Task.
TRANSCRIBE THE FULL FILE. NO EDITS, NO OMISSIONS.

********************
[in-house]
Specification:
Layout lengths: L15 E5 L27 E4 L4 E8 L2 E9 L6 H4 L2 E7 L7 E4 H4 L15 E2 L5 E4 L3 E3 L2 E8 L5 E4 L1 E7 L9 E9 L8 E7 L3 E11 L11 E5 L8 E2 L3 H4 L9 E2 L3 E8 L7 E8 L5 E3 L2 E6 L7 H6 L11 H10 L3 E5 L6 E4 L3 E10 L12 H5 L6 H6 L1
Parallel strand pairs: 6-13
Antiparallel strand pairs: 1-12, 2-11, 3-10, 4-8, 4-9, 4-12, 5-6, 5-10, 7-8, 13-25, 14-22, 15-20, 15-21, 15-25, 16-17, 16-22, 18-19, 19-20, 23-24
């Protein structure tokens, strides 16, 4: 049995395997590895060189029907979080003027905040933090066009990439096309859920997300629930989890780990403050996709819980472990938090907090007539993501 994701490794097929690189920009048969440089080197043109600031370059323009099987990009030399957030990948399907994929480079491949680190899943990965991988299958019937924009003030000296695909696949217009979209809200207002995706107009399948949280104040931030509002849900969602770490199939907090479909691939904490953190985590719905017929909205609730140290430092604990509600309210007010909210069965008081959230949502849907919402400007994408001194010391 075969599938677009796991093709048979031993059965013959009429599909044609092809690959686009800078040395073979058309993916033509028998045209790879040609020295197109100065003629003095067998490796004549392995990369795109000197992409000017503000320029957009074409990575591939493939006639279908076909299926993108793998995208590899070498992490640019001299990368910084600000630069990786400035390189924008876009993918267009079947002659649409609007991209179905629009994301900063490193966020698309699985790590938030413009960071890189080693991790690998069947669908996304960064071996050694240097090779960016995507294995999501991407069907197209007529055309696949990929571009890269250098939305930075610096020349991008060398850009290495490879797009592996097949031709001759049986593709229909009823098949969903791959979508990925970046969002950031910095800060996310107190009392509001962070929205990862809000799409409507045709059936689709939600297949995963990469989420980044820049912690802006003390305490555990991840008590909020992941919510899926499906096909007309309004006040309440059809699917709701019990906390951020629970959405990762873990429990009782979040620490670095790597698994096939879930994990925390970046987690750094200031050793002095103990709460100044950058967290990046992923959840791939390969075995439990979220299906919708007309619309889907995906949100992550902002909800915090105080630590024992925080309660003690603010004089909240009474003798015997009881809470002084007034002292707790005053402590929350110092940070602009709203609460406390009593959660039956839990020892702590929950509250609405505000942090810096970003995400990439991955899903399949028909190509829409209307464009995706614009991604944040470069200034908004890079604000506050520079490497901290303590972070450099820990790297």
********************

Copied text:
[in-house]
Specification:
Layout lengths: L15 E5 L27 E4 L4 E8 L2 E9 L6 H4 L2 E7 L7 E4 H4 L15 E2 L5 E4 L3 E3 L2 E8 L5 E4 L1 E7 L9 E9 L8 E7 L3 E11 L11 E5 L8 E2 L3 H4 L9 E2 L3 E8 L7 E8 L5 E3 L2 E6 L7 H6 L11 H10 L3 E5 L6 E4 L3 E10 L12 H5 L6 H6 L1
Parallel strand pairs: 6-13
Antiparallel strand pairs: 1-12, 2-11, 3-10, 4-8, 4-9, 4-12, 5-6, 5-10, 7-8, 13-25, 14-22, 15-20, 15-21, 15-25, 16-17, 16-22, 18-19, 19-20, 23-24
């Protein structure tokens, strides 16, 4: 049995395997590895060189029907979080003027905040933090066009990439096309859920997300629930989890780990403050996709819980472990938090907090007539993501 994701490794097929690189920009048969440089080197043109600031370059323009099987990009030399957030990948399907994929480079491949680190899943990965991988299958019937924009003030000296695909696949217009979209809200207002995706107009399948949280104040931030509002849900969602770490199939907090479909691939904490953190985590719905017929909205609730140290430092604990509600309210007010909210069965008081959230949502849907919402400007994408001194010391 075969599938677009796991093709048979031993059965013959009429599909044609092809690959686009800078040395073979058309993916033509028998045209790879040609020295197109100065003629003095067998490796004549392995990369795109000197992409000017503000320029957009074409990575591939493939006639279908076909299926993108793998995208590899070498992490640019001299990368910084600000630069990786400035390189924008876009993918267009079947002659649409609007991209179905629009994301900063490193966020698309699985790590938030413009960071890189080693991790690998069947669908996304960064071996050694240097090779960016995507294995999501991407069907197209007529055309696949990929571009890269250098939305930075610096020349991008060398850009290495490879797009592996097949031709001759049986593709229909009823098949969903791959979508990925970046969002950031910095800060996310107190009392509001962070929205990862809000799409409507045709059936689709939600297949995963990469989420980044820049912690802006003390305490555990991840008590909020992941919510899926499906096909007309309004006040309440059809699917709701019990906390951020629970959405990762873990429990009782979040620490670095790597698994096939879930994990925390970046987690750094200031050793002095103990709460100044950058967290990046992923959840791939390969075995439990979220299906919708007309619309889907995906949100992550902002909800915090105080630590024992925080309660003690603010004089909240009474003798015997009881809470002084007034002292707790005053402590929350110092940070602009709203609460406390009593959660039956839990020892702590929950509250609405505000942090810096970003995400990439991955899903399949028909190509829409209307464009995706614009991604944040470069200034908004890079604000506050520079490497901290303590972070450099820990790297």